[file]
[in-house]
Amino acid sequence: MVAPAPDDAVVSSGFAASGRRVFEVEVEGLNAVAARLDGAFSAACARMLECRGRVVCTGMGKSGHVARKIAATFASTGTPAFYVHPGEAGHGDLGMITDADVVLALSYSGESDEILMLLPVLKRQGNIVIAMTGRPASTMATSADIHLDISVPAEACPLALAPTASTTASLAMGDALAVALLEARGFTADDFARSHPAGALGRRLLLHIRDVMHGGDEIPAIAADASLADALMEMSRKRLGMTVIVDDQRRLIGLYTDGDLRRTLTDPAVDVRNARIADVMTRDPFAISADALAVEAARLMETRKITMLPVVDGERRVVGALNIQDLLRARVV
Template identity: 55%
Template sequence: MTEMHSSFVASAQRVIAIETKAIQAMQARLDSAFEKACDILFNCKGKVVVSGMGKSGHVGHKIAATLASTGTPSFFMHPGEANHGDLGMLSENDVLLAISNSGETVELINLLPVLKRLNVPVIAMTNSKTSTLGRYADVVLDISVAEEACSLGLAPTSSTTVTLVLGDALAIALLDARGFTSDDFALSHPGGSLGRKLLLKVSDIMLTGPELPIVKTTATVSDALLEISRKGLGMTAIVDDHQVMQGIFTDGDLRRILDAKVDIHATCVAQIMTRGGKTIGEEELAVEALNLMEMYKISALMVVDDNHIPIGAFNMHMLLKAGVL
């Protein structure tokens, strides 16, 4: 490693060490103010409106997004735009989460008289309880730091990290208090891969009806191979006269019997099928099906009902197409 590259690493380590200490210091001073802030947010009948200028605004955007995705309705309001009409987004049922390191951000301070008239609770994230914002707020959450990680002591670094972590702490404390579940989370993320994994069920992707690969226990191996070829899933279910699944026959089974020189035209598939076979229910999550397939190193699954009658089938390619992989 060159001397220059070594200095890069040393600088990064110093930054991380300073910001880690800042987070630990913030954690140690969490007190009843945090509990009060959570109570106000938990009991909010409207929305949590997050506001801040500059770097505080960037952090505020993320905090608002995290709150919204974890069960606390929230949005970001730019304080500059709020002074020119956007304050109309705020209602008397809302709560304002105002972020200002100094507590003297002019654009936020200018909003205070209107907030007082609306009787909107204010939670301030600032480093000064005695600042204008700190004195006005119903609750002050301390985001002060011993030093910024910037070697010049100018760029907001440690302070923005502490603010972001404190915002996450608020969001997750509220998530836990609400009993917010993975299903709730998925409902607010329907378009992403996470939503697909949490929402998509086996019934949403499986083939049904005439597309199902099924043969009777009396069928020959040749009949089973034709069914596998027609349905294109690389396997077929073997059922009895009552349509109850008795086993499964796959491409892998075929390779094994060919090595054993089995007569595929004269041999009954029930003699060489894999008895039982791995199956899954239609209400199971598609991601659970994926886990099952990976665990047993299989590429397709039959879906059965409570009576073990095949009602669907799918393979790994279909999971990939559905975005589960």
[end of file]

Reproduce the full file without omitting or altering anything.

[in-house]
Amino acid sequence: MVAPAPDDAVVSSGFAASGRRVFEVEVEGLNAVAARLDGAFSAACARMLECRGRVVCTGMGKSGHVARKIAATFASTGTPAFYVHPGEAGHGDLGMITDADVVLALSYSGESDEILMLLPVLKRQGNIVIAMTGRPASTMATSADIHLDISVPAEACPLALAPTASTTASLAMGDALAVALLEARGFTADDFARSHPAGALGRRLLLHIRDVMHGGDEIPAIAADASLADALMEMSRKRLGMTVIVDDQRRLIGLYTDGDLRRTLTDPAVDVRNARIADVMTRDPFAISADALAVEAARLMETRKITMLPVVDGERRVVGALNIQDLLRARVV
Template identity: 55%
Template sequence: MTEMHSSFVASAQRVIAIETKAIQAMQARLDSAFEKACDILFNCKGKVVVSGMGKSGHVGHKIAATLASTGTPSFFMHPGEANHGDLGMLSENDVLLAISNSGETVELINLLPVLKRLNVPVIAMTNSKTSTLGRYADVVLDISVAEEACSLGLAPTSSTTVTLVLGDALAIALLDARGFTSDDFALSHPGGSLGRKLLLKVSDIMLTGPELPIVKTTATVSDALLEISRKGLGMTAIVDDHQVMQGIFTDGDLRRILDAKVDIHATCVAQIMTRGGKTIGEEELAVEALNLMEMYKISALMVVDDNHIPIGAFNMHMLLKAGVL
């Protein structure tokens, strides 16, 4: 490693060490103010409106997004735009989460008289309880730091990290208090891969009806191979006269019997099928099906009902197409 590259690493380590200490210091001073802030947010009948200028605004955007995705309705309001009409987004049922390191951000301070008239609770994230914002707020959450990680002591670094972590702490404390579940989370993320994994069920992707690969226990191996070829899933279910699944026959089974020189035209598939076979229910999550397939190193699954009658089938390619992989 060159001397220059070594200095890069040393600088990064110093930054991380300073910001880690800042987070630990913030954690140690969490007190009843945090509990009060959570109570106000938990009991909010409207929305949590997050506001801040500059770097505080960037952090505020993320905090608002995290709150919204974890069960606390929230949005970001730019304080500059709020002074020119956007304050109309705020209602008397809302709560304002105002972020200002100094507590003297002019654009936020200018909003205070209107907030007082609306009787909107204010939670301030600032480093000064005695600042204008700190004195006005119903609750002050301390985001002060011993030093910024910037070697010049100018760029907001440690302070923005502490603010972001404190915002996450608020969001997750509220998530836990609400009993917010993975299903709730998925409902607010329907378009992403996470939503697909949490929402998509086996019934949403499986083939049904005439597309199902099924043969009777009396069928020959040749009949089973034709069914596998027609349905294109690389396997077929073997059922009895009552349509109850008795086993499964796959491409892998075929390779094994060919090595054993089995007569595929004269041999009954029930003699060489894999008895039982791995199956899954239609209400199971598609991601659970994926886990099952990976665990047993299989590429397709039959879906059965409570009576073990095949009602669907799918393979790994279909999971990939559905975005589960």